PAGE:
The MPP degree is comprised of eight half-unit courses. It is designed to ensure that you learn foundational public policy subjects, as well as topics of personal, academic, or professional interest. As an MPP student, you will be required to complete the following six core courses:
Political Science for Public Policy (PP401)
You will learn how to understand and analyse the political context of policy making. You’ll look at the dynamics of political behaviour and institutions, including electoral systems and elections, preferences and voting behaviour, political parties, interest mediation and lobbying, and how these shape public policy
Quantitative Methods for Public Policy (PP402)
You will be introduced to some of the key principles and tools of the quantitative evaluations, which underpin policy interventions and outcomes. This course emphasises the practical application of these tools to real-life situations, including the difference between correlation and causality, the use of randomised experiments, and understanding of how and when difference-in-differences regressions can be effectively used.
Public Management (PP403)
Applied to both developed and lesser developed world contexts, you will learn about public sector reform, coordination and collaboration, bureaucracies, professionalism and motivation, implementation challenges, performance management and evaluation, citizen engagement and collaborative governance. Your teaching will be paired with insights to the success, or otherwise, of different models and approaches.
Economics for Public Policy (PP404)
You will learn the key principles of economic policy-making. Both micro- and macro-economics will be covered, including price theory, understanding markets, externalities, public goods, principal-agent problems, economic growth, inflation business cycles, unemployment, and fiscal and monetary policies.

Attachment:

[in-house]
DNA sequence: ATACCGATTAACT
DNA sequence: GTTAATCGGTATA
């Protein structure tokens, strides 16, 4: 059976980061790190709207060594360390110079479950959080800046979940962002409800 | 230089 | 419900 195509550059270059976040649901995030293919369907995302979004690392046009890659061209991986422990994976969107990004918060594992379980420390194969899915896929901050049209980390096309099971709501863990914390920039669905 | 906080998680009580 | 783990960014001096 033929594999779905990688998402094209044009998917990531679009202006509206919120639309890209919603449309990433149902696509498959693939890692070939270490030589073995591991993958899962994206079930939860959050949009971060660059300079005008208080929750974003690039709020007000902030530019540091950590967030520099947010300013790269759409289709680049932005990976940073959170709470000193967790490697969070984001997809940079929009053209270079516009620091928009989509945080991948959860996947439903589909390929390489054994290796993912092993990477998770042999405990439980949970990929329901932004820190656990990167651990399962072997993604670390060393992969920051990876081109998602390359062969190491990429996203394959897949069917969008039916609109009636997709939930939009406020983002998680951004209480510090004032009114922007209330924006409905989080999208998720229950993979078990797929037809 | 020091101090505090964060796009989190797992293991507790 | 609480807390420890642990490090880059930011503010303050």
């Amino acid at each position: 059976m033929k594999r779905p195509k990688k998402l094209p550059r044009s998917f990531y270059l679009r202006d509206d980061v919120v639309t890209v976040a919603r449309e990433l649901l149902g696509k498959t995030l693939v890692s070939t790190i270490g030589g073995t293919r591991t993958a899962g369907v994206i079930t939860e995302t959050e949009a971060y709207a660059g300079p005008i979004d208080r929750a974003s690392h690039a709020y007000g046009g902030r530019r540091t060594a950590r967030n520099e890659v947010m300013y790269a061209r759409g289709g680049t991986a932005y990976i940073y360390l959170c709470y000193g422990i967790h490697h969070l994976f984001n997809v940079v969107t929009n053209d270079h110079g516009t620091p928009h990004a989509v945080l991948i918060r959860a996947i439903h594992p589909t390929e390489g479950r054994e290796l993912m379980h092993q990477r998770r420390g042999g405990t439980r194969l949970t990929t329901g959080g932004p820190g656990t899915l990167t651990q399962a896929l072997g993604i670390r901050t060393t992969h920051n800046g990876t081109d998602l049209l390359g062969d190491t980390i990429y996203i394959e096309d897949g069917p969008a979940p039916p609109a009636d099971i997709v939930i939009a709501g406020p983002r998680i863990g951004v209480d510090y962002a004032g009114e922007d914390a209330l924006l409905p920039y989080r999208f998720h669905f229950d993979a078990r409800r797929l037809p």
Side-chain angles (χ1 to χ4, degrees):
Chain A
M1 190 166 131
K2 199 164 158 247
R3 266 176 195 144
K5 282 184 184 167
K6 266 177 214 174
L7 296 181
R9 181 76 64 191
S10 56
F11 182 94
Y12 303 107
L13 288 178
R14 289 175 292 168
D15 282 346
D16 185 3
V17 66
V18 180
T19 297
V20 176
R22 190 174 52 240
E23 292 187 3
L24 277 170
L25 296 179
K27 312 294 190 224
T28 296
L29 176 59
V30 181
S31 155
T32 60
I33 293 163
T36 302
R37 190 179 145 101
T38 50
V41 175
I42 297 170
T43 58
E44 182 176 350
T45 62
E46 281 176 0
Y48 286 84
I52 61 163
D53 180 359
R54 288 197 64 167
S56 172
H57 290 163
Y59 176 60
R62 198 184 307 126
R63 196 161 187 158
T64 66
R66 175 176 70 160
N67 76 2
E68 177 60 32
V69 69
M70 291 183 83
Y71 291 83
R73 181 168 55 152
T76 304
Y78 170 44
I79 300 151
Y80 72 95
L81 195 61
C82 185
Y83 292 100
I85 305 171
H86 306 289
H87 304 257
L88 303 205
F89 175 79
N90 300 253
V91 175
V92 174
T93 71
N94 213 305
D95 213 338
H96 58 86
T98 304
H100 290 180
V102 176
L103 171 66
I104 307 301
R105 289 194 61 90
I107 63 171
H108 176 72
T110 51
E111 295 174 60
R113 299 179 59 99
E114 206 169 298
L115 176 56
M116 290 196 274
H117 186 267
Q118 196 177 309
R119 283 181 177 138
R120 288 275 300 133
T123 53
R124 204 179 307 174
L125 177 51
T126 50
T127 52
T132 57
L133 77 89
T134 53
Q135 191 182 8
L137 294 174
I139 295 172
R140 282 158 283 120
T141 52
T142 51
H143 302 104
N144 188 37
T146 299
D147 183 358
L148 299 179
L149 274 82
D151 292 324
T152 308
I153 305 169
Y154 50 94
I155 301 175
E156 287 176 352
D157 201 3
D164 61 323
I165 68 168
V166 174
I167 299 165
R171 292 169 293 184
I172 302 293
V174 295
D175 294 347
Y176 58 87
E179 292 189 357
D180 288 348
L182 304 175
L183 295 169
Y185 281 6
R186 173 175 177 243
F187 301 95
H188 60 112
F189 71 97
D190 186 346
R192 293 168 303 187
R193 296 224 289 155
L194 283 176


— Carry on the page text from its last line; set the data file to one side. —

Public Policy Applications (PP405)
This course will introduce students to the application of social science literatures to concrete policy issues. The precise policy topics will be decided each year, depending on the academic and practitioner availability. Speakers are selected from the highest levels or the cutting edge of a particular research topic, or those who are working directly on a topic area.
Philosophy and Public Policy (PP406)
This course will help you to develop the skills and insights to apply philosophical reasoning to the design and evaluation of public policies. You’ll receive a strong grounding in moral and political philosophical principles and learn how their application can be an integral part of the modern policy-making toolkit.
Option Courses (Electives)
2 x (0.5 Units)
Other than these required core courses, you can select two half-unit option courses (electives) from a wide range of subjects related to public policy, including political science and economics. Courses will analyse a wide variety of topics related to public policy, including behavioural public policy, law and regulation, politics of international trade, policy entrepreneurship, and the delivery public services.
If you are interested in learning more about option courses, please consult the list below:
- Designing and managing change in the public sector
- Fiscal governance and budgeting
- International political economy of development
- Financial markets
- Development economics (both terms)
- Advanced empirical methods for policy analysis
- Welfare analysis and measurement (half unit across both terms)
- Policy paper (a structured class for your own research)
- Innovations in the governance of public services delivery
- Transparency and accountability in government
- Making governments and policies deliver for development
- Comparative political economy and development
- Managerial finance
- Institutions and global trade
- Decisions, biases and nudges
- Public economics for public policy
- Globalisation and economic policy